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Speech Production Respiration Conditions that Affect Respiration

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Presentation on theme: "Speech Production Respiration Conditions that Affect Respiration"— Presentation transcript:

1 Speech Production Respiration Conditions that Affect Respiration
Phonation Articulation and Resonance English Speech Sounds Clinical Application Speech Production

2 Respiration Overview of Respiration and Anatomy Inspiration for Quiet
Inspiration for Speech Expiration Interaction of Inspiration and Expiration Expiration for Sustained Voicing Expiration for Speech Speech Production

3 Overview Need to Review Speech Anatomy Boyle’s Law
Especially lungs, trachea, musculature, etc. Boyle’s Law Speech Production

4 Overview Boyle’s Law continued Speech Production

5 Anatomy - Bronchial Tree
Trachea 16 to 20 rings of smooth cartilage and muscle. Epithelium and cilia Function of cilia Speech Production

6 Anatomy - Bronchial Tree
Primary Secondary, etc. Anatomy and function similar to trachea. Speech Production

7 Anatomy - Bronchial Tree
Bronchioles Similar to bronchi except no cartilage Terminate with respiratory bronchioles. Alveolar ducts Speech Production

8 Anatomy - Bronchial Tree
Alveolar sacs. Aka alveoli 300 to 750 million in adult Important for CO2 - O2 Exchange. Speech Production

9 Anatomy - Lungs and Thoracic Cavity
Right lung is larger than left. Why? Thoracic Cavity Sternum Vertebrae Ribs Diaphragm Speech Production

10 Speech Production

11 Anatomy - Muscles Diaphragm is inferior to the thorax and forms floor of thoracic cavity. Also, forms ceiling of abdomen Functionally is forced downward by contraction and when relaxed the lungs will rise. Speech Production

12 Anatomy - Muscles External Intercostals - important for inspiration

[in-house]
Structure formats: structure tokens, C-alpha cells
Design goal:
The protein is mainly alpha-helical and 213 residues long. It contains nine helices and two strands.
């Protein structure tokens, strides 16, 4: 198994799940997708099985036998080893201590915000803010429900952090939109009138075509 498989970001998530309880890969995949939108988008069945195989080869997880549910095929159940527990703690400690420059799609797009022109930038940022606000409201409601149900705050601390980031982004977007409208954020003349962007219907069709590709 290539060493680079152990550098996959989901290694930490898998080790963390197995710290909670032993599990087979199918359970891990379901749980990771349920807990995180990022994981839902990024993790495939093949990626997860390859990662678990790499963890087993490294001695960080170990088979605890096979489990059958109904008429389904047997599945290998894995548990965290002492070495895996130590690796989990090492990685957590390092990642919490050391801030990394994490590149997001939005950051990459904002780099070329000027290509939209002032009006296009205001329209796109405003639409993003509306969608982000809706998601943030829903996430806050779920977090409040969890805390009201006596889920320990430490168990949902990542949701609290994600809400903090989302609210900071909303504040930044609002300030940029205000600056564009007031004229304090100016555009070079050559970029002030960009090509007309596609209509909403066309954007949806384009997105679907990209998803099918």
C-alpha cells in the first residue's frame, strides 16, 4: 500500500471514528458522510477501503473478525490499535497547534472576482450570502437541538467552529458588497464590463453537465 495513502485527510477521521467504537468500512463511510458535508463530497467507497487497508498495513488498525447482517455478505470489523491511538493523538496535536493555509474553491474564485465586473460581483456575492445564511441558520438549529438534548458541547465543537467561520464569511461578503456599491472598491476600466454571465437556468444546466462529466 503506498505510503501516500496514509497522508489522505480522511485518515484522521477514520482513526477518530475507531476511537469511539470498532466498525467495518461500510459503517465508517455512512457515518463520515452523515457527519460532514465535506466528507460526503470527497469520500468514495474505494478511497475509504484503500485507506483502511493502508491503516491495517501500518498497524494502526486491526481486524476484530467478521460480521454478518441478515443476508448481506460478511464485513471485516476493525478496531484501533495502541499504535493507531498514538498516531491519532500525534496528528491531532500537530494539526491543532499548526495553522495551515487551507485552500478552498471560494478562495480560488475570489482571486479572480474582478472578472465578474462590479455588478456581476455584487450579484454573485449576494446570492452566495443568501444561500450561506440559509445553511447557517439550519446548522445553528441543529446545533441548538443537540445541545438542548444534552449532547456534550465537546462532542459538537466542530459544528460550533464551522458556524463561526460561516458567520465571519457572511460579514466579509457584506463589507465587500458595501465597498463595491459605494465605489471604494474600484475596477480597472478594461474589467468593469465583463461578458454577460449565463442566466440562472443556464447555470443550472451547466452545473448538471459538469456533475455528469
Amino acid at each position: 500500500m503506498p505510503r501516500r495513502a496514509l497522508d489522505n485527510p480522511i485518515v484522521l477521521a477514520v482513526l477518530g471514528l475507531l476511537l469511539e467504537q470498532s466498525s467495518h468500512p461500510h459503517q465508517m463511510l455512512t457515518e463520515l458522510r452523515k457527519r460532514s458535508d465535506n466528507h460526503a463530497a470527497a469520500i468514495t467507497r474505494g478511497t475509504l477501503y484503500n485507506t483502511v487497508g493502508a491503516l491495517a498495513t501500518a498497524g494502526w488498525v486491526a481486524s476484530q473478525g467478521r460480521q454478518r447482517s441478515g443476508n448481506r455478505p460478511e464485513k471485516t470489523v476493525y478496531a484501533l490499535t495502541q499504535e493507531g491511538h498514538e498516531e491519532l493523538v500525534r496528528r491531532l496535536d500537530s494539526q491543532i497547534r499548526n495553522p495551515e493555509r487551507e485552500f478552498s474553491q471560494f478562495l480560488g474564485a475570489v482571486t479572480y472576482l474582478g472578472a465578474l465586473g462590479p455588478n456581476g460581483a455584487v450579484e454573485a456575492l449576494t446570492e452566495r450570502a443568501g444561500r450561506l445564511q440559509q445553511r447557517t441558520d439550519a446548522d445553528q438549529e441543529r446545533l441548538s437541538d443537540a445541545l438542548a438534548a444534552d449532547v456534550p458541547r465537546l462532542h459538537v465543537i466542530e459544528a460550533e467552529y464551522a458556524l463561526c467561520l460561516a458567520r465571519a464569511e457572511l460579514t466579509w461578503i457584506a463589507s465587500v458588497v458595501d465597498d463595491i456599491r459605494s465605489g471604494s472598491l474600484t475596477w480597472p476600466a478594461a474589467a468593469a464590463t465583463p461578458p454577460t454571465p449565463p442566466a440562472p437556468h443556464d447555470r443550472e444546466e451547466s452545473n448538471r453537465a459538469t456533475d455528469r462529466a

11 pairs When contracted they pull rib cage upward and outward Internal Intercostals - important for expiration When contracted, they pull rib cage downward. Fibers of two muscle groups are 90 degrees from each other, adding support and protection. Accessory Muscles of Respiration - see p. 75 of text Speech Production

13 Anatomy - Pleural Linkage
Rib cage lined with pleura lining. Two types of pleura lining: Rib cage lined with costal or parietal pleura Lungs lined with pulmonary or visceral pleura. Speech Production

14 Anatomy - Pleural Linkage
Two Functions of pleura lining Minimizes friction between lungs and rib cage Linings adhere to each other due to surface tension Questions What’s pleurisy? What’s pneumothorax? What’s pulmonaria? Speech Production

15 Speech Production

16 Anatomy - Pleural Linkage
Speech Production

17 Inspiration for Quiet Refers to the involuntary intake of air into the lungs during quiet breathing. Occurs because of shortage or O2 and buildup of CO2 in brainstem. In adults, about 12 to 20 cycles per minute. Higher in infants. About 40% of breathing cycle is inspiration, and 60% is expiration. Speech Production

18 Inspiration for Speech
Inspiration for speech differs from inspiration for quiet because … Lung volume Degree of automaticity Speech inspiration requires less of respiratory cycle; 10:90 vs. 40:60. Speech Production

19 Expiration Refers to exhaling air which is forced out by …